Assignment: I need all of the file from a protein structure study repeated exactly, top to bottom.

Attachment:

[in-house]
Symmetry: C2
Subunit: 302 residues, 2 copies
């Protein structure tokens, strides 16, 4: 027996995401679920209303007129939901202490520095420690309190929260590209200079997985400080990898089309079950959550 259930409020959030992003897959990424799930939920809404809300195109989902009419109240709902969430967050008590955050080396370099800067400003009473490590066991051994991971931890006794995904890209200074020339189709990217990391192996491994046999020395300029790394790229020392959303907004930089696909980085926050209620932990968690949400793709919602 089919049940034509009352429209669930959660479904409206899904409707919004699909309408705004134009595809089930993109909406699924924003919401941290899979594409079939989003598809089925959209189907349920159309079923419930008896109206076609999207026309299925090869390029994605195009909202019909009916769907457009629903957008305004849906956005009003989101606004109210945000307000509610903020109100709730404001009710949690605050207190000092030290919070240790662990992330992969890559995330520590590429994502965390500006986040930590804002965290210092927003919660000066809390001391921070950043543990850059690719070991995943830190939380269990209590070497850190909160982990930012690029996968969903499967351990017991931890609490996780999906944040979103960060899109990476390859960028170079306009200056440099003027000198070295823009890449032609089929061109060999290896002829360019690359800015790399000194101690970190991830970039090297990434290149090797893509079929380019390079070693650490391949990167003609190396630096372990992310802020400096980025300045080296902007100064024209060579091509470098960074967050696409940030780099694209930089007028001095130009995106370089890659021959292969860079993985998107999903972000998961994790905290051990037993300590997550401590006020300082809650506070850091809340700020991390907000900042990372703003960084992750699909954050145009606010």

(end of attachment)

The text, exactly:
[in-house]
Symmetry: C2
Subunit: 302 residues, 2 copies
């Protein structure tokens, strides 16, 4: 027996995401679920209303007129939901202490520095420690309190929260590209200079997985400080990898089309079950959550 259930409020959030992003897959990424799930939920809404809300195109989902009419109240709902969430967050008590955050080396370099800067400003009473490590066991051994991971931890006794995904890209200074020339189709990217990391192996491994046999020395300029790394790229020392959303907004930089696909980085926050209620932990968690949400793709919602 089919049940034509009352429209669930959660479904409206899904409707919004699909309408705004134009595809089930993109909406699924924003919401941290899979594409079939989003598809089925959209189907349920159309079923419930008896109206076609999207026309299925090869390029994605195009909202019909009916769907457009629903957008305004849906956005009003989101606004109210945000307000509610903020109100709730404001009710949690605050207190000092030290919070240790662990992330992969890559995330520590590429994502965390500006986040930590804002965290210092927003919660000066809390001391921070950043543990850059690719070991995943830190939380269990209590070497850190909160982990930012690029996968969903499967351990017991931890609490996780999906944040979103960060899109990476390859960028170079306009200056440099003027000198070295823009890449032609089929061109060999290896002829360019690359800015790399000194101690970190991830970039090297990434290149090797893509079929380019390079070693650490391949990167003609190396630096372990992310802020400096980025300045080296902007100064024209060579091509470098960074967050696409940030780099694209930089007028001095130009995106370089890659021959292969860079993985998107999903972000998961994790905290051990037993300590997550401590006020300082809650506070850091809340700020991390907000900042990372703003960084992750699909954050145009606010």